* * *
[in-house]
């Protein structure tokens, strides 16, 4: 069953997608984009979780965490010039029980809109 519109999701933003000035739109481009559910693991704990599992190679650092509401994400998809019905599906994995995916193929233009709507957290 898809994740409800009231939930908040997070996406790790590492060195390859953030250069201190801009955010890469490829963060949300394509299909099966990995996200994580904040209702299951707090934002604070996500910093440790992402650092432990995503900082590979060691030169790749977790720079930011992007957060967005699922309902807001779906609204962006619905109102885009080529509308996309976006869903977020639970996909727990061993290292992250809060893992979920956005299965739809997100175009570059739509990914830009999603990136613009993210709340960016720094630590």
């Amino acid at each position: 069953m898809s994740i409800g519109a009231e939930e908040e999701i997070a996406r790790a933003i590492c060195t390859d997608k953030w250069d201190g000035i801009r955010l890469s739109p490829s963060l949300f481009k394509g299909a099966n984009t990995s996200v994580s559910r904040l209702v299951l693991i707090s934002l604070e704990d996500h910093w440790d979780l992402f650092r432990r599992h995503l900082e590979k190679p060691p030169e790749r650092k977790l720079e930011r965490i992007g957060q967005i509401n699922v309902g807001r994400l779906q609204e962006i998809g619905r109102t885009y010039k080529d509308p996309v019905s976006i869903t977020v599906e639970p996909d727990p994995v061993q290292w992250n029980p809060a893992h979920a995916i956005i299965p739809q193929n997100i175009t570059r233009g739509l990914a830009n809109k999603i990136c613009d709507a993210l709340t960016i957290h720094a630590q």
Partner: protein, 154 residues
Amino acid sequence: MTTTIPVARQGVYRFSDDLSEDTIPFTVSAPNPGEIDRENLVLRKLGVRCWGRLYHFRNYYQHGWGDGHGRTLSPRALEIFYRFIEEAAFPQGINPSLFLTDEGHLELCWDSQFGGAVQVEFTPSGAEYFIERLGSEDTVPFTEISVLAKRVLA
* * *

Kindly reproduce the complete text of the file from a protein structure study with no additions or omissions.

[in-house]
């Protein structure tokens, strides 16, 4: 069953997608984009979780965490010039029980809109 519109999701933003000035739109481009559910693991704990599992190679650092509401994400998809019905599906994995995916193929233009709507957290 898809994740409800009231939930908040997070996406790790590492060195390859953030250069201190801009955010890469490829963060949300394509299909099966990995996200994580904040209702299951707090934002604070996500910093440790992402650092432990995503900082590979060691030169790749977790720079930011992007957060967005699922309902807001779906609204962006619905109102885009080529509308996309976006869903977020639970996909727990061993290292992250809060893992979920956005299965739809997100175009570059739509990914830009999603990136613009993210709340960016720094630590």
């Amino acid at each position: 069953m898809s994740i409800g519109a009231e939930e908040e999701i997070a996406r790790a933003i590492c060195t390859d997608k953030w250069d201190g000035i801009r955010l890469s739109p490829s963060l949300f481009k394509g299909a099966n984009t990995s996200v994580s559910r904040l209702v299951l693991i707090s934002l604070e704990d996500h910093w440790d979780l992402f650092r432990r599992h995503l900082e590979k190679p060691p030169e790749r650092k977790l720079e930011r965490i992007g957060q967005i509401n699922v309902g807001r994400l779906q609204e962006i998809g619905r109102t885009y010039k080529d509308p996309v019905s976006i869903t977020v599906e639970p996909d727990p994995v061993q290292w992250n029980p809060a893992h979920a995916i956005i299965p739809q193929n997100i175009t570059r233009g739509l990914a830009n809109k999603i990136c613009d709507a993210l709340t960016i957290h720094a630590q």
Partner: protein, 154 residues
Amino acid sequence: MTTTIPVARQGVYRFSDDLSEDTIPFTVSAPNPGEIDRENLVLRKLGVRCWGRLYHFRNYYQHGWGDGHGRTLSPRALEIFYRFIEEAAFPQGINPSLFLTDEGHLELCWDSQFGGAVQVEFTPSGAEYFIERLGSEDTVPFTEISVLAKRVLA